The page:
The world's richest company celebrates its 40th birthday Friday. With a market capitalisation of US$608 billion (S$821 billion), dedicated customers and a level of prestige that invites constant press scrutiny, it's easy to forget how often critics have declared Apple's premature demise.
Indeed, the company has been assigned to the dustbin of history at least 70 times since 1995, according to technology blog Mac Observer. (Not always without cause - the company was months away from bankruptcy when Steve Jobs retook the helm in 1997.)
Still, despite any number of unsuccessful products - think Lisa, the Newton MessagePad and the Pippin gaming console - reports of the company's death have been repeatedly exaggerated. Here are a few times detractors have, incorrectly, written the company off.
Investment publication Barron's was among the first to throw stones at Apple, which went public in a huge surge in 1980, speculating in 1983 that IBM would "bury" Apple, then maker of the early Lisa personal computer.
Apple managed to drum up buzz over its early products with high-energy marketing The Wall Street Journal compared it to the film "Flashdance." But despite the push, Apple's profit began to fall in early 1984. Then again in a 1991 blurb in "Up and Down Wall Street," Barron's wrote: "Apple, long term, has a truly serious problem: It's losing its franchise. Microsoft's windows interface from DOS is the hottest software package going. ... Pure and simple, Macintosh used to be unique; now it isn't."
The stock remained hot at that time as Mac sales surged ahead of competitors in the early 1990s, but it wasn't long before the company met its next challengers.
By 1996, researchers estimated that Macintosh computer sales had dropped 30 to 50 per cent over the past year and Wall Street predicted a downward spiral for the company.
"I see no evidence of a turnaround," analyst Matt Sargent told the Journal, which wrote, "If anything, he said, the company's decline appears to be 'accelerating.'"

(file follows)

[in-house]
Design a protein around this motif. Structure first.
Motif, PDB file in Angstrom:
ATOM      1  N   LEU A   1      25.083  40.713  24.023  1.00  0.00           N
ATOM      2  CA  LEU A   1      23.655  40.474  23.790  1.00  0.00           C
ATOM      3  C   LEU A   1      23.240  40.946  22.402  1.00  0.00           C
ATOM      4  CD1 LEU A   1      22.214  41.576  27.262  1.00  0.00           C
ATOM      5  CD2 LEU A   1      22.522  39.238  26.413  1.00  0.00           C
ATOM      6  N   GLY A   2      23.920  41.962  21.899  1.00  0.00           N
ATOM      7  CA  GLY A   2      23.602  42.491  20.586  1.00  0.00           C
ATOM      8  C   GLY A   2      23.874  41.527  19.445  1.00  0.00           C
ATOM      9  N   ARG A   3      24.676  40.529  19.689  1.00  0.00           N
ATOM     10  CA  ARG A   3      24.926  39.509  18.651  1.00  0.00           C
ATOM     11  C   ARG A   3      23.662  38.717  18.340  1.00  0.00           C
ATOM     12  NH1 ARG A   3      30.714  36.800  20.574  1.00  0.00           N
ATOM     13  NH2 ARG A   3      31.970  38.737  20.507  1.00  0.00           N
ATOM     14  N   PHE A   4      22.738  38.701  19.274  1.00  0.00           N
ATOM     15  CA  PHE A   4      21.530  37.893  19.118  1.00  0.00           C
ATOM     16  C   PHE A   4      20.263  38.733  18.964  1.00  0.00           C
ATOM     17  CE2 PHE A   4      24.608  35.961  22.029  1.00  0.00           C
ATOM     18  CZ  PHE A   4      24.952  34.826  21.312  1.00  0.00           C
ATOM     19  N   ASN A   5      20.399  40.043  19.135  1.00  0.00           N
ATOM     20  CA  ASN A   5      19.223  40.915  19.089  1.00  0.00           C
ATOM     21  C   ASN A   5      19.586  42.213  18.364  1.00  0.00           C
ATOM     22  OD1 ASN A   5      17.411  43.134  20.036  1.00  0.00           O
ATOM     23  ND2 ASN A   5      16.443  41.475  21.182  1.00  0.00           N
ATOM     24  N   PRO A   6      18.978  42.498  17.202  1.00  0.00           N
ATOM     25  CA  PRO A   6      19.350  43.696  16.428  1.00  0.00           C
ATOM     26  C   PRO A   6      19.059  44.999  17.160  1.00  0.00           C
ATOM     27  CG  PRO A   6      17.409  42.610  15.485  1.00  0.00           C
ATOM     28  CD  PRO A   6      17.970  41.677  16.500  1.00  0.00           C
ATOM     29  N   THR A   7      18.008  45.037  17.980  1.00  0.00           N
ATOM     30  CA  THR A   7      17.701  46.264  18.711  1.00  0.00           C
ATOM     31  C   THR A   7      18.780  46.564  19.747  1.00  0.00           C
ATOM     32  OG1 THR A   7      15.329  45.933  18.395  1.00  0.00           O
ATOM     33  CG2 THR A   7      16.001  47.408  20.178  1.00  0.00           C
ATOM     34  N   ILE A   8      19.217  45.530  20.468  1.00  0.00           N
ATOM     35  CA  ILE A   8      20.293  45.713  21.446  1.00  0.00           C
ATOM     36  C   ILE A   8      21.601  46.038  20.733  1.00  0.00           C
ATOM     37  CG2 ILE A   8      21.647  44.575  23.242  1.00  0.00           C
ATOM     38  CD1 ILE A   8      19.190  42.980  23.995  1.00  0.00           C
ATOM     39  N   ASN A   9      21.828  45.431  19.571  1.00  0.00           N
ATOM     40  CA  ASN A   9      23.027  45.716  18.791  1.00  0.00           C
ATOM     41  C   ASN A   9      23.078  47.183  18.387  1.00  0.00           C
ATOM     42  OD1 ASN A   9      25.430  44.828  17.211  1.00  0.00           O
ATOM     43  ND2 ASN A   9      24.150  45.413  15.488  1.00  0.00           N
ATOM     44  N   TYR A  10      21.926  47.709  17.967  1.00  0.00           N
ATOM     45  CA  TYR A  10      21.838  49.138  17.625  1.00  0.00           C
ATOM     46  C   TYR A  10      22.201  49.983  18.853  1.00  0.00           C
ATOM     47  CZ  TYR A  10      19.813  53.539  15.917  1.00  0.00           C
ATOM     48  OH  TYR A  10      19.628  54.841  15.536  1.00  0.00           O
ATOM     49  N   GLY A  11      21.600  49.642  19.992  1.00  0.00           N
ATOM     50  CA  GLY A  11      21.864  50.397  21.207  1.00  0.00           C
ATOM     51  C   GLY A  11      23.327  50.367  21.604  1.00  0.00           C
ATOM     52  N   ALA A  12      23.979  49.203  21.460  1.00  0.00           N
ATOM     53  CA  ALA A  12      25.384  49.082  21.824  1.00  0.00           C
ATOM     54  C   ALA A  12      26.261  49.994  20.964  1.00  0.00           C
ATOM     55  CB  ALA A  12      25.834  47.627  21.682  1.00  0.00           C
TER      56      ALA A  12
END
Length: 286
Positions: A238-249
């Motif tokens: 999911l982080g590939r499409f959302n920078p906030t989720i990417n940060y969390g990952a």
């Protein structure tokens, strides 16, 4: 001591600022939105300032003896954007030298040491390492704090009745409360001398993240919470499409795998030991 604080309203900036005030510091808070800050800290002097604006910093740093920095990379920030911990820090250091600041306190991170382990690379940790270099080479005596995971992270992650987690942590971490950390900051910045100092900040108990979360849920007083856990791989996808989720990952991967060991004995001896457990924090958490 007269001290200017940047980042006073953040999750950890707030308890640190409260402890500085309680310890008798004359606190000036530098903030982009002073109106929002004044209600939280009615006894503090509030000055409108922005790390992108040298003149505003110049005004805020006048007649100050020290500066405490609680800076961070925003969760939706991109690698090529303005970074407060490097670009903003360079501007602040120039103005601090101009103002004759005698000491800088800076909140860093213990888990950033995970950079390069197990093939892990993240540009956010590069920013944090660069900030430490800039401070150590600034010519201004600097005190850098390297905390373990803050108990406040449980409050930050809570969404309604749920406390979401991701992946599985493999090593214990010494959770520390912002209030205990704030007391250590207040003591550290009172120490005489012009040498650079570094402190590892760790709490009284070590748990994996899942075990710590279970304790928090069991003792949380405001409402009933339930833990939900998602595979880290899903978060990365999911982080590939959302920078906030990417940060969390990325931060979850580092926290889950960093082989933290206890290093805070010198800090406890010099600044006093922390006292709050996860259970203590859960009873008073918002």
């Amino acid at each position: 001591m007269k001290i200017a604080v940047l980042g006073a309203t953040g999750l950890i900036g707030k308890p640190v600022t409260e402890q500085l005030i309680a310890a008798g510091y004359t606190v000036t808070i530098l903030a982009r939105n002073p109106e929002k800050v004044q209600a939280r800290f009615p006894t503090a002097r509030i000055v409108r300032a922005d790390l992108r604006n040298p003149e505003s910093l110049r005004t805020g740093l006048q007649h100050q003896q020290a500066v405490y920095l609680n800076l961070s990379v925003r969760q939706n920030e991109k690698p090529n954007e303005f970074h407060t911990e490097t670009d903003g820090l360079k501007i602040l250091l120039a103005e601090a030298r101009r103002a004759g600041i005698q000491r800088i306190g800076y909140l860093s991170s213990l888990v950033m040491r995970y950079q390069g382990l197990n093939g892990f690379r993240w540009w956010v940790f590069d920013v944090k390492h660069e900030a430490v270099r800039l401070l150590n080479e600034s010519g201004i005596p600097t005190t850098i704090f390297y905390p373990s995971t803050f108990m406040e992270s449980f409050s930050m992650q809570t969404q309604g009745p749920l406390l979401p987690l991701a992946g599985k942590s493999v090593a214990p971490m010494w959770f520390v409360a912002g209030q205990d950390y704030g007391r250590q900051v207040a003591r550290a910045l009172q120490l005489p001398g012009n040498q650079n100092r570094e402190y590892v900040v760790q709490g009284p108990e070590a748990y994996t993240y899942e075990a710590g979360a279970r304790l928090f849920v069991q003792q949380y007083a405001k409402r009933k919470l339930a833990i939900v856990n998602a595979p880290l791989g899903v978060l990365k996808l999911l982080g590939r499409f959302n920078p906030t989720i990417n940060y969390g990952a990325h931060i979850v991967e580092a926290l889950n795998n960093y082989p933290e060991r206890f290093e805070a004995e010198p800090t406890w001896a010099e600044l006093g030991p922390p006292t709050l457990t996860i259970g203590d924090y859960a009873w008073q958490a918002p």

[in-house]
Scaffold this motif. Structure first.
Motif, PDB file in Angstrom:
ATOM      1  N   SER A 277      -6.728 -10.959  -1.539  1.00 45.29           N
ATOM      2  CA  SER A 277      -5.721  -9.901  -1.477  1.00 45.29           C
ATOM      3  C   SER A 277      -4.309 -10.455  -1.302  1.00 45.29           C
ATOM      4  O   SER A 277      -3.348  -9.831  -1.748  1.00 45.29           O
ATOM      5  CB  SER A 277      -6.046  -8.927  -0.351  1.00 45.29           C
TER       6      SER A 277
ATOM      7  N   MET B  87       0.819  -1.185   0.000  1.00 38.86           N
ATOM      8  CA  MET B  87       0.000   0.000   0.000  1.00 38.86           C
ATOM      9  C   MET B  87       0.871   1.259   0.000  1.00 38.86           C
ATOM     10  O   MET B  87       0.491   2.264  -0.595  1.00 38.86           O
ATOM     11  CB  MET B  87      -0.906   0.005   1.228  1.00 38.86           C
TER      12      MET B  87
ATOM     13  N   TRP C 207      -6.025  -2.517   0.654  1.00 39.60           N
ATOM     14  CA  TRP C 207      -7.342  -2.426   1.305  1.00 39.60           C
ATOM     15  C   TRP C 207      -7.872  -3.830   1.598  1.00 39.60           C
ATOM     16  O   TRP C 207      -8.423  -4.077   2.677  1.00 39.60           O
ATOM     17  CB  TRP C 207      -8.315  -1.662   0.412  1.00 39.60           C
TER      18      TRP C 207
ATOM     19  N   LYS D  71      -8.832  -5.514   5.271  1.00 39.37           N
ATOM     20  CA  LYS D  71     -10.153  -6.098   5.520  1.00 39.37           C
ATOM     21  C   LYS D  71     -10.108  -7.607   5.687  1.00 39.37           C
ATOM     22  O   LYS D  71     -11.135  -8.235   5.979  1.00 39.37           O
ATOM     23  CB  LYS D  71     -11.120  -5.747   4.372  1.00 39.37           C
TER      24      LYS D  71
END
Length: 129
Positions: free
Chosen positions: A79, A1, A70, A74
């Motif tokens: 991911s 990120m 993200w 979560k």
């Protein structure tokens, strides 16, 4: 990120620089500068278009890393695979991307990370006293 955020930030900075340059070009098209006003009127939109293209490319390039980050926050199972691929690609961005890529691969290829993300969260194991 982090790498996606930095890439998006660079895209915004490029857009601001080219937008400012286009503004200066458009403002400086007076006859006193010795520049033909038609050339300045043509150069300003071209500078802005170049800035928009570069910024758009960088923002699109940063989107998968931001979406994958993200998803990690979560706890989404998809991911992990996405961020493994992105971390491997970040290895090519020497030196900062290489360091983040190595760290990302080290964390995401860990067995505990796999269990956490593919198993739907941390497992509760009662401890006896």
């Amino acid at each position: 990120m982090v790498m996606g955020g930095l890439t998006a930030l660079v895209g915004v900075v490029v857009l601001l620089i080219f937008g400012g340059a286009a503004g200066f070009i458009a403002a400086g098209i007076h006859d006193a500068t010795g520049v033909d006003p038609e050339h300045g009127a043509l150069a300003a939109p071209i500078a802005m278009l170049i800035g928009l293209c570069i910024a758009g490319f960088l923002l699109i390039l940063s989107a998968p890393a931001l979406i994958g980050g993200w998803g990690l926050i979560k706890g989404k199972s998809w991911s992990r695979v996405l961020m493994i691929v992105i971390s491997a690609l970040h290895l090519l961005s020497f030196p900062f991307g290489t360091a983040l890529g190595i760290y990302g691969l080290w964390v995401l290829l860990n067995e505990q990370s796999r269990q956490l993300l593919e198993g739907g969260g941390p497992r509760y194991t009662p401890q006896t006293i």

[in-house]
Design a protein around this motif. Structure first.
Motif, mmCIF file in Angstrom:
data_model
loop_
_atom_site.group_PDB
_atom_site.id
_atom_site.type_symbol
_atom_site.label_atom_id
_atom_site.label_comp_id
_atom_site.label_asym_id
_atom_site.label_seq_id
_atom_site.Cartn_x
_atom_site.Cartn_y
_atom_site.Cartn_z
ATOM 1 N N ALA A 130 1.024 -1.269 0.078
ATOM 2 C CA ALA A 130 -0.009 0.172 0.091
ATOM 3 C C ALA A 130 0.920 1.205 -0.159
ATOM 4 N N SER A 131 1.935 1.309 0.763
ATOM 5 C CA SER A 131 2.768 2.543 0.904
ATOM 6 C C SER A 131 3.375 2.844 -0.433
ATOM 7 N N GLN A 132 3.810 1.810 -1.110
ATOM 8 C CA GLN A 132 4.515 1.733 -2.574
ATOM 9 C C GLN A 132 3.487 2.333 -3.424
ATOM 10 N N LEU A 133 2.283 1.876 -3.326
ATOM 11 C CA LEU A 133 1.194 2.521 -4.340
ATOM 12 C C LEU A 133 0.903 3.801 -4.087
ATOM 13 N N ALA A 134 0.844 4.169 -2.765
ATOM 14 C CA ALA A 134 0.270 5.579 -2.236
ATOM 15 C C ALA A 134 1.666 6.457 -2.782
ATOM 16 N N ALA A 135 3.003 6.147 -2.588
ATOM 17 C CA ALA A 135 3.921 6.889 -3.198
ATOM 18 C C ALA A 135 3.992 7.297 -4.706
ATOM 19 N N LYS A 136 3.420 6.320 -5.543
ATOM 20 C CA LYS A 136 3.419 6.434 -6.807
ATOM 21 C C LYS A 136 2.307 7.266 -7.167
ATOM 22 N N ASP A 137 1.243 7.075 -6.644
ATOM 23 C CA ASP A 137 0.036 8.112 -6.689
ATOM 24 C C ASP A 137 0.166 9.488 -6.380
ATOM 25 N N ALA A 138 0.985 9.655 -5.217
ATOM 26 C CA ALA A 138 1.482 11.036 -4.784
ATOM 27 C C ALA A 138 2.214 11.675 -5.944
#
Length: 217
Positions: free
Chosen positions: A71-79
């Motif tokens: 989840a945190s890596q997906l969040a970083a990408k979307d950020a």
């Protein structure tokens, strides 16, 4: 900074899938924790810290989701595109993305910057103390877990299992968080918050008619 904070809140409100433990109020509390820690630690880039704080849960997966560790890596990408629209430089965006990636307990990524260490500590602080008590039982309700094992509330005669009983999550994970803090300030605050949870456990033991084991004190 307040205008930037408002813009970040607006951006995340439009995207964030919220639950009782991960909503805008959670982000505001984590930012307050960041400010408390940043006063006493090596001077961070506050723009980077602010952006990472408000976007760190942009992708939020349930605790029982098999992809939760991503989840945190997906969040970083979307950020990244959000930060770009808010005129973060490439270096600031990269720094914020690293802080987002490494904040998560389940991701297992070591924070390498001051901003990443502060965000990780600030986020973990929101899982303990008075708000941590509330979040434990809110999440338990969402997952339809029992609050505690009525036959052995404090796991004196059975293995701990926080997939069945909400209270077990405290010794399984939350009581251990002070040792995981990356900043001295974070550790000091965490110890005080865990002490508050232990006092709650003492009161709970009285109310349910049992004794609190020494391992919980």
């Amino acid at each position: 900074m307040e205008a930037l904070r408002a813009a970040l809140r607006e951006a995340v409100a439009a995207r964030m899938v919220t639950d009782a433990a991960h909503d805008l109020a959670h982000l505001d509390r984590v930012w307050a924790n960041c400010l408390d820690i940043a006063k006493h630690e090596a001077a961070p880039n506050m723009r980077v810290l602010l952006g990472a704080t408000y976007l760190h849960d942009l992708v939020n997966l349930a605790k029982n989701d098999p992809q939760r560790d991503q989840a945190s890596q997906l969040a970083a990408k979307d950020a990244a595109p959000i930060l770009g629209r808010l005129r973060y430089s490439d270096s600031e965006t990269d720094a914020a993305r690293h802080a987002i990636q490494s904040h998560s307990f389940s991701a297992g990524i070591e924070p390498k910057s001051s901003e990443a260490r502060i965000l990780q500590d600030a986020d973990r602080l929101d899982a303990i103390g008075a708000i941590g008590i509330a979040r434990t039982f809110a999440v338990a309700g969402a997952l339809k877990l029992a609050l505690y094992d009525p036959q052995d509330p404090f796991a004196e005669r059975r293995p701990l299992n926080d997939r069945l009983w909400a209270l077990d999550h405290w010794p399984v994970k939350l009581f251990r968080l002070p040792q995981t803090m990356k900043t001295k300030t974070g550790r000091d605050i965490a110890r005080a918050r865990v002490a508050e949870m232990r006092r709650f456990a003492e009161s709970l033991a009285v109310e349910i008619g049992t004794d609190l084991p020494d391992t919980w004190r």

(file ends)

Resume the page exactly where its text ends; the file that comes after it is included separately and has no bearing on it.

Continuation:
After losing $1.6 billion over two years, Business Week asked in July 1997 "Is Apple Mincemeat?" saying the company should sell off its ailing software operations and move to Windows with the departure former CEO John Sculley.
"Everywhere in the computer industry, executives agree that what Apple needs is a radical new survival plan," Business Week wrote.
After the return of co-founder Jobs in 1997, the success of the iPod, then iPhone, the technology landscape shifted significantly in Apple's favour, even through the dot-com bubble. The iMac's design won praise in trade publications like PC Magazine.
But Apple once again fell victim to the stock market carnage of the Great Recession, prompting Mike Abramsky, then an analyst at RBC, to cut his rating to "sell," the New York Post reported at the time. As Jobs suffered health concerns, Abramsky questioned Apple's strength to go on. "Jobs is widely viewed as Apple's chief innovator, dealmaker, leader, deeply involved in minute decisions, inextricably tied to Apple's brand," Abramsky wrote, according to the Post.
Further, amid a recession, some investors doubted Apple could keep its high-priced, exclusive image.
"Apple sells premium products, and every data point we get on the economy is a negative one, and there's no sign that anything is improving," then-Needham analyst Charles Wolf told Businessweek in 2008. "None of Apple's products are immune to that."
In 2011, Saxo Bank predicted that Apple shares would fall 50 per cent from their 2011 highs by 2012.
"Going into 2012, Apple will find itself faced with multiple competitors such as Google, Amazon, Microsoft/Nokia, and Samsung across its most innovative products, the iPhone and iPad," Saxo Bank strategists wrote in what news site The Street called an "outrageous prediction."
"Apple will be unable to maintain its market share of 55 per cent (three times as much as Android) and 66 per cent on the iOS and iPad." The company's shares ended 2012 slightly higher than where they began.
Apple has gained as much as 554 per cent in market value since its first day of trading, with 1 billion active devices and 100,000 direct employees.
Despite its dominance today, Apple still has doomsayers. "The fear is that Apple is entering growth purgatory," senior analyst Toni Sacconaghi of Sanford C. Bernstein told CNBC last October. "I think its best days are behind it."
As recently as January, former Apple employee Andy Cunningham told CNBC: "Like all tech companies, they eventually reach their peak. And I think Apple may have reached its peak here."
- CNBC's Mary Catherine Wellons and Chris Hayes contributed to this report.